Brenna Russell

Monday, April 5, 2010

Heavy Metal Albums

I grew up listening to my older brothers' music, which usually consisted of heavy metal, rock, grunge, rap, and so forth. I really enjoyed all the heavy metal album covers because...well, just look at those damn things, man. There be all sorts of action goin' on.

A zombie charging a battlefield carrying a bloody cutlass and the U.K. flag? Does it get any better? Hellmazingly, yes it does.

So here's some Iron Maiden album covers. What I really enjoy is the playfulness and the high-energy attitude that they all seem to have, even with their morbid and horrific art. I guess that's what I love so much about heavy metal and punk. It has a kind of dark humor to it that I've always loved.



Busy, busy, busy...

Man, I've been so busy lately I haven't even been doing my posts. And I'm going to continue to be busy for some time yet. Due to this and the fact I left my essential printing material at home last Thur. I've been forced to put printmaking on hold. But time never stops and I'm going to be working over time to get my printmaking projects back up to speed. Really I'm just interested in this semester to get over. I have things I want to accomplish that I can't get done with school in process. One of those things is getting my printmaking "equipment" set up and getting some stuff ordered. I spend a lot of hours on the net last night searching for the right kind of equipment to use. I've narrowed down my search finally and know what kind of emulsion, ink, and cleaners I'm gonna get. I'm going to try some more Eco-friendly chemical for cleaning since I feel they will be safer, I just hope they work. I'm gonna be trying some new things with my prints and am excited to see what the results are going to be. At any rate tomorrow will be here before I know it. -Jason R.

Phobias in Art-Katie B

I just wanted to say how much i'm enjoying this project and the work environment. It seems like everyone is really getting into the spirit with this project and giving it there all. i'm really excited to see how everyone's turns out! After looking at the google image results for phobia, i think we should all post our work somewhere online when we're done and contribute to the stock pile some awesome hand made work!

Commericals; art or not?-Katie B

Over the weekend I had some down time and watched a little tv. I was surprised by some of the commercials i saw because of their creative and playful style. The Asics commercial promoting their new shoe had some beautiful typography and texture work as the runner sprinted through sheets of glass, each knocking off more the smoky typography spelling out things like fear, stress, anxiety etc. While usually i find commercials to be mostly annoying, i am beginning to think there is an art to them beyond the normal marketing techniques. It seems like commercials are evolving along with technology to be more than moving billboards

Sunday, April 4, 2010

Esref Armagan

My dad showed me this video a while ago and I think it's so amazing and inspiring. Esref Armagan is a painter from Turkey who has been blind since he was born. Volvo approached him with an offer to paint their newest model - their S60 sedan - before it's revealed to the world at any car show or through any media outlet. You can see in the video how he does this, and the end result is truly magnificent.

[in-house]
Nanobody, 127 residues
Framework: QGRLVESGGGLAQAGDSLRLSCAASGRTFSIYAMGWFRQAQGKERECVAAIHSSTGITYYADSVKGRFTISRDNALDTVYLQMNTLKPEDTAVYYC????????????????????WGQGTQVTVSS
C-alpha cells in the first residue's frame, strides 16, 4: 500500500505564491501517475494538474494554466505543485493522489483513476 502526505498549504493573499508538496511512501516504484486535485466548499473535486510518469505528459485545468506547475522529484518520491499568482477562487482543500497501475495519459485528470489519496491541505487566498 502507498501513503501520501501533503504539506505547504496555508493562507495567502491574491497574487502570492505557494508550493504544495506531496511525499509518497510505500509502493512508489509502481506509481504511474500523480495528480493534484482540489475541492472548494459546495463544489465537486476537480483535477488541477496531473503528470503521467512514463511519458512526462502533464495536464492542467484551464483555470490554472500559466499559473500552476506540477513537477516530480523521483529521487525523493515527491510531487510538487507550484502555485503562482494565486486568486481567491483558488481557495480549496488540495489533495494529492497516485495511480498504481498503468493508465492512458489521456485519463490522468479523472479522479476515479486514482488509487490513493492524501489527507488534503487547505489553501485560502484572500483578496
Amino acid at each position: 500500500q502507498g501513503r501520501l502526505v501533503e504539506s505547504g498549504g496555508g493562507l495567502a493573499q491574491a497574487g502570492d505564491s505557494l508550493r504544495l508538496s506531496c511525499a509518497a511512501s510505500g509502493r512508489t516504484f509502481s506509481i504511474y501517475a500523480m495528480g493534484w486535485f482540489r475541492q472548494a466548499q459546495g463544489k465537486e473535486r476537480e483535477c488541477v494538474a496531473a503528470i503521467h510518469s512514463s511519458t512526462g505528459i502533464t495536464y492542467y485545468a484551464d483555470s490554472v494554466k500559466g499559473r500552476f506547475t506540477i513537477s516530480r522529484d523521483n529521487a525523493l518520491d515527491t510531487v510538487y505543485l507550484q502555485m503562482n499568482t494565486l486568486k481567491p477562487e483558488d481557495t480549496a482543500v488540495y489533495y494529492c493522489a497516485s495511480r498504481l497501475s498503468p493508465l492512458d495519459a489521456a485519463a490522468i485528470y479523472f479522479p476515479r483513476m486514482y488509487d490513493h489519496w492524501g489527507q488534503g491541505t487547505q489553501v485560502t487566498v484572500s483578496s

Of course I didn't expect a hyper-realistic rendition of the car in his painting, but the little things in his final piece amaze me most. Armagan incorporates perspective into the piece, with the trees clearly placed in the background of the piece, and the car as the primary form in the foreground. I kept thinking about how he has been blind his entire life - he has never seen a landscape or experienced a sense of perspective through his own vision. His world must look completely different from our own, since he's had to develop it from his own range of senses. It really blows my mind. Anyway, here's the video. Watch and enjoy!

Hannah Scott

Something new - Emily Ritter

So lately I have being trying to do something different with my work. As well as finding new inspiration.
Craig Kosak's paintings I find intriguing. I like how the pieces are broken up into sections, and how color helps in doing this.
They are beautiful works.
Enough words, Look for yourself.

Peter Marcus

Marcus' Horsehead series is astounding. I hadn't thought that so much could be achieved with collagraphy. His images are vivid; his space well used. I'm a novice at all these printmaking techniques, but after viewing Lasansky's and Marcus' work I feel inspired to master each and every process of printmaking. I know these are high hopes, however I've fallen in love with spending time in the studio and creating art.

Seeing in lines

When I was attending Pitt State a few years ago, I was assigned a reading about a man, an artist, that always had drawn things in perfect perspective. The reading was interesting in that the man was describing how he always saw things in lines, or rather forced himself to see in lines until it became normal for him to do so. He saw vanishing points for everyday objects as well. This made things easy for him to draw because he already saw everything as a drawing. This seemed very strange to me, but also very interesting. For the next week, I am going to be working on my drawings in my sketchbook focusing on perspective and drawing what I see more accurately. I encourage every to try to look at things a little differently, not only in lines, but in any form that you see fit. I think it is very important for artists to look at everything differently, I think it is what makes us artists.